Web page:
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July 04, 2003
Lives, Fortunes, Sacred Honor

An indispensable educational resource: A User's Guide to the Declaration of Independence.

It is a shame that the average American doesn't read the Declaration even once a year, much less take the trouble to understand it. I know an immigrant or two who treasure it more dearly than do many or most of my fellow native-born citizens. Sometimes it's enough to make me wonder if a mere accident of geography is an adequate standard for conferring citizenship.

Of course, the average American, even ignorant of the specifics, still knows in his heart that he has rights that cannot be trampled on. Though he may not understand why -- on what basis he enjoys his rights -- he still knows in his gut that they are his.

There are those who, having been born & brought up here in the same great nation as you and I, the only nation specifically created on the basis that The People are the masters of government and not its servants, are intent on turning that equation on its head. These people -- we could call them elitists, I suppose -- believe that average people don't know what's best for them, and seek to impose a de facto system that ensures that government is indeed the master of us all, controlling our lives from afar in innumerable ways.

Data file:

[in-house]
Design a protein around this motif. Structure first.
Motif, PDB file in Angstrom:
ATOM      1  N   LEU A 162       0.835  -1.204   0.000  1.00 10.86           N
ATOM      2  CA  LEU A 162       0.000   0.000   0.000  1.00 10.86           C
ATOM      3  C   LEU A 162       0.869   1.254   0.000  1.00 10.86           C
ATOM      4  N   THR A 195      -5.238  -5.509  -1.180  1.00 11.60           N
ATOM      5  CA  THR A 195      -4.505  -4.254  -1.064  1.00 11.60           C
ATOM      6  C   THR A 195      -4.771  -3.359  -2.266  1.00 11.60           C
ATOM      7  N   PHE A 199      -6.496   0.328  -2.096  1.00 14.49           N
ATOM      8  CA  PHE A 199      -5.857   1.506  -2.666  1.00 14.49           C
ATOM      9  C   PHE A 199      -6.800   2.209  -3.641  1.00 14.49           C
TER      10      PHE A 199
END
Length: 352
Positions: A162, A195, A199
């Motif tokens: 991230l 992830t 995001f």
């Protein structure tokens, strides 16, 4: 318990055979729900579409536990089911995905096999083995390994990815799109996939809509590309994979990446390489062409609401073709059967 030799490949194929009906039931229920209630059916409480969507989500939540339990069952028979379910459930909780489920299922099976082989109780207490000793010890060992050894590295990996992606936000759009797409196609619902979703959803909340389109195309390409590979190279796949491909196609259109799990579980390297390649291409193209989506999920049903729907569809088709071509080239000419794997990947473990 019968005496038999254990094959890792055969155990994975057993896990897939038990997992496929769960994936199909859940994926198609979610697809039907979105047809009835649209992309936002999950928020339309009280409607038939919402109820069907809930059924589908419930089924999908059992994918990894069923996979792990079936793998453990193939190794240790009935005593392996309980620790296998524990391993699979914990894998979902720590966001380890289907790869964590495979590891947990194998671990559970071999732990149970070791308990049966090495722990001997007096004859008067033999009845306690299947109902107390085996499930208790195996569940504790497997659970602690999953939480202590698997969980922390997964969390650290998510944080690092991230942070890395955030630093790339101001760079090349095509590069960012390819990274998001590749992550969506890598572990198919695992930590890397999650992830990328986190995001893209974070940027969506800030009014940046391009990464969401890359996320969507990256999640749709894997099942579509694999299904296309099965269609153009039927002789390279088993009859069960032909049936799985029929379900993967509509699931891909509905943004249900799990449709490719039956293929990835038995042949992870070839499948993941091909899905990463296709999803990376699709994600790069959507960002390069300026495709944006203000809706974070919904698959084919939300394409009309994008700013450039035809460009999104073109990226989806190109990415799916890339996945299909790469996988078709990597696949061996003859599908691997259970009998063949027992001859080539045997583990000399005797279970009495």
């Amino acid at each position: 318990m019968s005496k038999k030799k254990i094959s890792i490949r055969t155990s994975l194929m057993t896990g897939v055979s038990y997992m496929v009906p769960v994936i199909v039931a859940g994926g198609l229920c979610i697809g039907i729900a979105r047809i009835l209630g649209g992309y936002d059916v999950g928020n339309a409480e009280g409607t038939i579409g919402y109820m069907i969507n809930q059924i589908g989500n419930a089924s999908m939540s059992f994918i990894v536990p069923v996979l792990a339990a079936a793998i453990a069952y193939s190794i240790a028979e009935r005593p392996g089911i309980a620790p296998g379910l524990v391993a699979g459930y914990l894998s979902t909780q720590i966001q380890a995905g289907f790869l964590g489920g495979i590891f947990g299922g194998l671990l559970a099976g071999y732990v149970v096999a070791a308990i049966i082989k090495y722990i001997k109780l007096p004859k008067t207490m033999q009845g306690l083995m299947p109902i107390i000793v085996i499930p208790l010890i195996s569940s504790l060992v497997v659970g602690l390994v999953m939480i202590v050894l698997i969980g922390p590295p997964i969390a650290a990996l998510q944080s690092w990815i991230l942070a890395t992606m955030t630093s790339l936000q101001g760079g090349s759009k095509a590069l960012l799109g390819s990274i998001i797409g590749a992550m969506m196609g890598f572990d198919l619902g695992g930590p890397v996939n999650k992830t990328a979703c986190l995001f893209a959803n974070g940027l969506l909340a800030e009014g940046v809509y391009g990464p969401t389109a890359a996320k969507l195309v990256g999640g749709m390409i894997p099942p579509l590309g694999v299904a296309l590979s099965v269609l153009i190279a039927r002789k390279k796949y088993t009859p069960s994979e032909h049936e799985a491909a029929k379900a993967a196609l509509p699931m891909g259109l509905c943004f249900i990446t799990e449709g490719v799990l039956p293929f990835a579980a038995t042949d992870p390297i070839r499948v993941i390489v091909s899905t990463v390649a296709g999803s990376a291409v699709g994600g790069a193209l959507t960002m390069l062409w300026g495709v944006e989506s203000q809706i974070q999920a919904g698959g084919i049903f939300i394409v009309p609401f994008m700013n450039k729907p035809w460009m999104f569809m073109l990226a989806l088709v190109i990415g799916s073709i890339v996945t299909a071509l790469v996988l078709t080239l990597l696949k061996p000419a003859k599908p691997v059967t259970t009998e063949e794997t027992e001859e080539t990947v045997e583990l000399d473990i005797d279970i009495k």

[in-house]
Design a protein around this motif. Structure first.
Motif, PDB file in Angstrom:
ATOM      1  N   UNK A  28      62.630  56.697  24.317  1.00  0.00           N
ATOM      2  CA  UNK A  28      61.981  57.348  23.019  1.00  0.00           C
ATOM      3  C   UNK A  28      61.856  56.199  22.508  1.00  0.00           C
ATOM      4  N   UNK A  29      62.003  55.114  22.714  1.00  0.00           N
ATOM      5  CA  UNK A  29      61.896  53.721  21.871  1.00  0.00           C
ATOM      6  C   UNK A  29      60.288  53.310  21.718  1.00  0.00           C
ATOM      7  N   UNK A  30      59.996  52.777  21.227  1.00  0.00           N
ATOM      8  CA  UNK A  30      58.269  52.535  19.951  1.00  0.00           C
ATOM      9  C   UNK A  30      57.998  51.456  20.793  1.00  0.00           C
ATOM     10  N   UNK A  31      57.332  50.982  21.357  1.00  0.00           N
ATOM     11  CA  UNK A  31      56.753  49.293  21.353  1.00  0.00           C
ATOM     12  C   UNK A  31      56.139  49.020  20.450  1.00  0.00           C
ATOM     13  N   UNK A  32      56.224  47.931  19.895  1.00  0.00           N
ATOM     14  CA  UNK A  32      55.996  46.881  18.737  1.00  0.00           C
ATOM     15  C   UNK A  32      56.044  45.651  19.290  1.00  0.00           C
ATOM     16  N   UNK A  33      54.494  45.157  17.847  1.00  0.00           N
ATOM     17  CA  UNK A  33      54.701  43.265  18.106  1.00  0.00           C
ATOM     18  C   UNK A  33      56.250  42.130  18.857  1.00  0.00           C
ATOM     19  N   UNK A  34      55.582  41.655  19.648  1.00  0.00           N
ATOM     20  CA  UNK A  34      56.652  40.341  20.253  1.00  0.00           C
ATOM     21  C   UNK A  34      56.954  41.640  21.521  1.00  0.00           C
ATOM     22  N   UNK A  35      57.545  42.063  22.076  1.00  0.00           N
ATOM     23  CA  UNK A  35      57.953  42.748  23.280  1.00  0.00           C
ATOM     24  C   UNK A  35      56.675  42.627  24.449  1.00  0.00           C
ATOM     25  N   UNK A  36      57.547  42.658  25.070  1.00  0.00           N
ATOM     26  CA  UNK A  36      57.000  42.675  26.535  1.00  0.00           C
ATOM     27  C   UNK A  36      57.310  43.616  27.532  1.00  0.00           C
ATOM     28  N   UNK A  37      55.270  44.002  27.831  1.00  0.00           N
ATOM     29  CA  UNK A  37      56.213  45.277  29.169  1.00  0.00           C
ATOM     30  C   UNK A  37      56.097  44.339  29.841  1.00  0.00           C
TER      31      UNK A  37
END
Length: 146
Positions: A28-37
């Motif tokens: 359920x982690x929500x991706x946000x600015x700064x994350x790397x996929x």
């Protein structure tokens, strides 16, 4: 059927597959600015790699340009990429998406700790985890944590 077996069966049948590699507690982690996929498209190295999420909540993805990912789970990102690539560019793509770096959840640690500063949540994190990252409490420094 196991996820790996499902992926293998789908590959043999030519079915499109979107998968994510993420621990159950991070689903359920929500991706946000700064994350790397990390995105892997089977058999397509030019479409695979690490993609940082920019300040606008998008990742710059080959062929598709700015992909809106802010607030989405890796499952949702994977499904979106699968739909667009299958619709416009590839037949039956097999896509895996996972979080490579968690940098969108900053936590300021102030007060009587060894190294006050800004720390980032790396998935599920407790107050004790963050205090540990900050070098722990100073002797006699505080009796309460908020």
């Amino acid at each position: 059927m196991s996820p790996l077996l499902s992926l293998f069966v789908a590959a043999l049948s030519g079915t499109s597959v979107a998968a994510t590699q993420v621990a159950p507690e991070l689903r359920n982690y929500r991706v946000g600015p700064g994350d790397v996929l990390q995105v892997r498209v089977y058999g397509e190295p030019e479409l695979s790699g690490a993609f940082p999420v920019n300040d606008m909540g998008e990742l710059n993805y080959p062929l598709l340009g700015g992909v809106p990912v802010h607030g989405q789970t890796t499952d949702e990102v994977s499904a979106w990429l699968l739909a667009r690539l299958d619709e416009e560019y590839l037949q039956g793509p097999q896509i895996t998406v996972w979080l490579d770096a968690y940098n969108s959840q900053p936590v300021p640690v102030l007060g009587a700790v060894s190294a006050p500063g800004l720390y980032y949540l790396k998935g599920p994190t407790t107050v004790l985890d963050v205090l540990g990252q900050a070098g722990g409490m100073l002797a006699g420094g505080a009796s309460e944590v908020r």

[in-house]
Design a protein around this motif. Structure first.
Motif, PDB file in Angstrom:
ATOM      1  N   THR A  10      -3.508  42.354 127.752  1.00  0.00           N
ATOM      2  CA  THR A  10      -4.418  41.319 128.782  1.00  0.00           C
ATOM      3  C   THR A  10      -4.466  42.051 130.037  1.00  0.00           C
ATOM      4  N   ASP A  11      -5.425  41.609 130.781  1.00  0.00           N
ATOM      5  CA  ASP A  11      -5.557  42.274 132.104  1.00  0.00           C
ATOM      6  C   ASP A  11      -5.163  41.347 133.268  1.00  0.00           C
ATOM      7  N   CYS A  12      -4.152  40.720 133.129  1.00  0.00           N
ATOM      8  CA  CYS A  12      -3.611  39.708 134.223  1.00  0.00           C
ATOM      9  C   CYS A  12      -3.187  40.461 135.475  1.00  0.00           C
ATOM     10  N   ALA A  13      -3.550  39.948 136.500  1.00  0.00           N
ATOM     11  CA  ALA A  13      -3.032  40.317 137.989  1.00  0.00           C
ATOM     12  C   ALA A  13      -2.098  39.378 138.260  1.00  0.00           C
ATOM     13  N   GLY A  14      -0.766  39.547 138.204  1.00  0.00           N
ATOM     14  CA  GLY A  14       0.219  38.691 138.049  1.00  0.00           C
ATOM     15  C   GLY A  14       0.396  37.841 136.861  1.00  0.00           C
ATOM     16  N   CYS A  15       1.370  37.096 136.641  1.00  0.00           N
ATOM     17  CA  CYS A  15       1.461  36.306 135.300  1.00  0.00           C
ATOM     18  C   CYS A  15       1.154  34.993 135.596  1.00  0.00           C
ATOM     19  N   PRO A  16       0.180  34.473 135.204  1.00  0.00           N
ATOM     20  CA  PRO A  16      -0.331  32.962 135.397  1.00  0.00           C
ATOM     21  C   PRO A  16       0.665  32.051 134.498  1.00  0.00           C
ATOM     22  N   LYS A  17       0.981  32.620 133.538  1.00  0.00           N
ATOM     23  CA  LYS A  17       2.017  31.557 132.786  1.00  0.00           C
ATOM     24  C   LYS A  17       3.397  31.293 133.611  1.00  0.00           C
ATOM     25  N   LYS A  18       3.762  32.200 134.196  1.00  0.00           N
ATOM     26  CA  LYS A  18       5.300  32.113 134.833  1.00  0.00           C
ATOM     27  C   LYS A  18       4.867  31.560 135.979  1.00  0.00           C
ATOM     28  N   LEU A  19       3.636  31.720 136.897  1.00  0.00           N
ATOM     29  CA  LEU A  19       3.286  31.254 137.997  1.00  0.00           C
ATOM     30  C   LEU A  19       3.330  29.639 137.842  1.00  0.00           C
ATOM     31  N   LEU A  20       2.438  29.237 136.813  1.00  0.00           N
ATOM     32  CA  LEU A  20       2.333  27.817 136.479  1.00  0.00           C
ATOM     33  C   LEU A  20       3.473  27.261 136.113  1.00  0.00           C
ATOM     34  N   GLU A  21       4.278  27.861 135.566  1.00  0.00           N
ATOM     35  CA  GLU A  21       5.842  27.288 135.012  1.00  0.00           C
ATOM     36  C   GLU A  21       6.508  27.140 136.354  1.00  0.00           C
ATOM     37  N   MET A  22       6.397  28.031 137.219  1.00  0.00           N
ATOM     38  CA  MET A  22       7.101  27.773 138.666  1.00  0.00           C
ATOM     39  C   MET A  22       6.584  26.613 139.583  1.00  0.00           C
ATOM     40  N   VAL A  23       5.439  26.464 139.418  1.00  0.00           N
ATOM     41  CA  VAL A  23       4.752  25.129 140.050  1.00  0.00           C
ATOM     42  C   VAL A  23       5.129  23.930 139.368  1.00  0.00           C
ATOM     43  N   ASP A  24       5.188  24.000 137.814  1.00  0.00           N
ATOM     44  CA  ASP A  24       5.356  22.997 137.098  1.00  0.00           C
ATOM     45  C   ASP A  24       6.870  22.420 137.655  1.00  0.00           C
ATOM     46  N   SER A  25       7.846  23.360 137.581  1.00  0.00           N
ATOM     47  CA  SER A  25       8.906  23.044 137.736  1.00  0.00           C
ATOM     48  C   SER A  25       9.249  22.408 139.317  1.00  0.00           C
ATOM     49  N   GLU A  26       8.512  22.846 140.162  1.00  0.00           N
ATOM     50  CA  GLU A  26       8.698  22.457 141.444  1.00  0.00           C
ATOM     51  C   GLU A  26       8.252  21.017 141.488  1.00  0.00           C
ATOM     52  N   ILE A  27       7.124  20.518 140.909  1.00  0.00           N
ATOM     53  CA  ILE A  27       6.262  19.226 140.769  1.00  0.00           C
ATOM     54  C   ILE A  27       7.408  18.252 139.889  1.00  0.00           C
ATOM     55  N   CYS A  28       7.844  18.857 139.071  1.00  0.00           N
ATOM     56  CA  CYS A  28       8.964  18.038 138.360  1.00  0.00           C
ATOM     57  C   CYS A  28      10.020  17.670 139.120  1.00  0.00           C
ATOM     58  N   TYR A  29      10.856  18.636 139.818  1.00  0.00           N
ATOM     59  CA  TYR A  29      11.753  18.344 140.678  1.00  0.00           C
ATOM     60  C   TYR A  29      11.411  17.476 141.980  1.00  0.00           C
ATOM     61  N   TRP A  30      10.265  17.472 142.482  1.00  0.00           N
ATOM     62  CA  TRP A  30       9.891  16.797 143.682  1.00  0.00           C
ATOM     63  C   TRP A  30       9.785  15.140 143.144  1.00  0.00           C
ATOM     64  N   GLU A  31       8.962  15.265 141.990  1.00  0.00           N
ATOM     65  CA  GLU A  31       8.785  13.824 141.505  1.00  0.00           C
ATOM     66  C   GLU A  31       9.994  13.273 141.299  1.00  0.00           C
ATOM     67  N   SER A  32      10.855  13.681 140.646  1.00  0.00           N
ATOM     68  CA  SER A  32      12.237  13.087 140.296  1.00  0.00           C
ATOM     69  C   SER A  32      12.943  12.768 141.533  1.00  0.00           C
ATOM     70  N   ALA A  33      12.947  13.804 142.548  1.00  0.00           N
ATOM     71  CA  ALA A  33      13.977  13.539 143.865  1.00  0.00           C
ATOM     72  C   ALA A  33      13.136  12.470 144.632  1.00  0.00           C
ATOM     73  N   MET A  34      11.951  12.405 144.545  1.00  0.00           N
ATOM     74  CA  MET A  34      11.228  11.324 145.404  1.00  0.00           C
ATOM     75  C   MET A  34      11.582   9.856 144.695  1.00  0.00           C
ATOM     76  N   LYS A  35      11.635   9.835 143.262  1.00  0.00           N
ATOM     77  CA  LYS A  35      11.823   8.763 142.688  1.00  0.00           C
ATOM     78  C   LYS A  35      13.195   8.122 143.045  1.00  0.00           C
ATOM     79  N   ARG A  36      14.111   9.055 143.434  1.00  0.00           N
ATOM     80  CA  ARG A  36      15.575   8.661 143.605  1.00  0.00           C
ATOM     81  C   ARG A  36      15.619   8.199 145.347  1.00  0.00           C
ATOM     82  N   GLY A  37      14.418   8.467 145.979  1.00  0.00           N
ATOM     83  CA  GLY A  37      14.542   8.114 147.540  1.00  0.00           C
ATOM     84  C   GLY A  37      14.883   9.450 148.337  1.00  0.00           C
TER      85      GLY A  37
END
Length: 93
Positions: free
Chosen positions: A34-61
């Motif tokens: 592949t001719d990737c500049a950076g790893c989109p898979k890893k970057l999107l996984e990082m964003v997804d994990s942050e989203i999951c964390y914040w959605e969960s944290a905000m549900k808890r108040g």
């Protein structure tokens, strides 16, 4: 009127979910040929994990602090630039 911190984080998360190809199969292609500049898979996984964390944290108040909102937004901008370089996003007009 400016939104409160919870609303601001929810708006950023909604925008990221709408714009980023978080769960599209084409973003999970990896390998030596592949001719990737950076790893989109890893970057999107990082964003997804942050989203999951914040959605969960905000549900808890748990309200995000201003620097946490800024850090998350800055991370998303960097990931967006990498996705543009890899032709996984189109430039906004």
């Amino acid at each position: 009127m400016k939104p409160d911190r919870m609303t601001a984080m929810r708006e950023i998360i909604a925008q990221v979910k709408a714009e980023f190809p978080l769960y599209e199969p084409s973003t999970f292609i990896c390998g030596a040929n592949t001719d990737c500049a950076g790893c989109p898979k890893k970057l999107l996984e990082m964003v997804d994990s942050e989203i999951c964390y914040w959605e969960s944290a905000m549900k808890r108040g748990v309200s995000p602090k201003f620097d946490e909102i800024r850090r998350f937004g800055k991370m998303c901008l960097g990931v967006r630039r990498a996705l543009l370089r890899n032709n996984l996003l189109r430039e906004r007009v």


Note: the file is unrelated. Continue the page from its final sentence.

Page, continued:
These "elitists" can often be found in adademia, in the media, in various lobbying groups. Lots of places. People who would not only say that they know how you ought to live your life, but are also willing to force you to do it their way. Naturally, these elitists propose to be the masters, based on their self-defined superiority. They do not, in other words, trust people to take care of themselves.

In many ways, they have succeeded. Don't believe me? Try buying a gun in Washington, DC. Try smoking in a bar in New York. Try not having a Social Security Number.

That bunch of "dead white guys," the Founding Fathers, understood these dangers. Not merely understood -- they lived through them, ruled without representation by an unaccountable government. They, to our good fortune, decided to do something about it.

But they did not act unthinkingly, without principle. In most countries most of the time, revolutions serve only to replace one set of masters with another -- but there are always masters.

We got lucky; the Founders didn't seek to put a local King on an American throne. They had a guiding set of principles, clearly expressed, on which they built a nation.

We hold these Truths to be self-evident, that all Men are created equal, that they are endowed by their Creator with certain unalienable Rights, that among these are Life, Liberty, and the Pursuit of Happiness - That to secure these Rights, Governments are instituted among Men, deriving their just Powers from the Consent of the Governed, that whenever any Form of Government becomes destructive of these Ends, it is the Right of the People to alter or to abolish it, and to institute new Government, laying its Foundation on such Principles, and organizing its Powers in such Form, as to them shall seem most likely to effect their Safety and Happiness.
As they say, read the whole thing.

Happy Fourth.

Posted by Russ at 01:09 PM, July 4, 2003 in Politics

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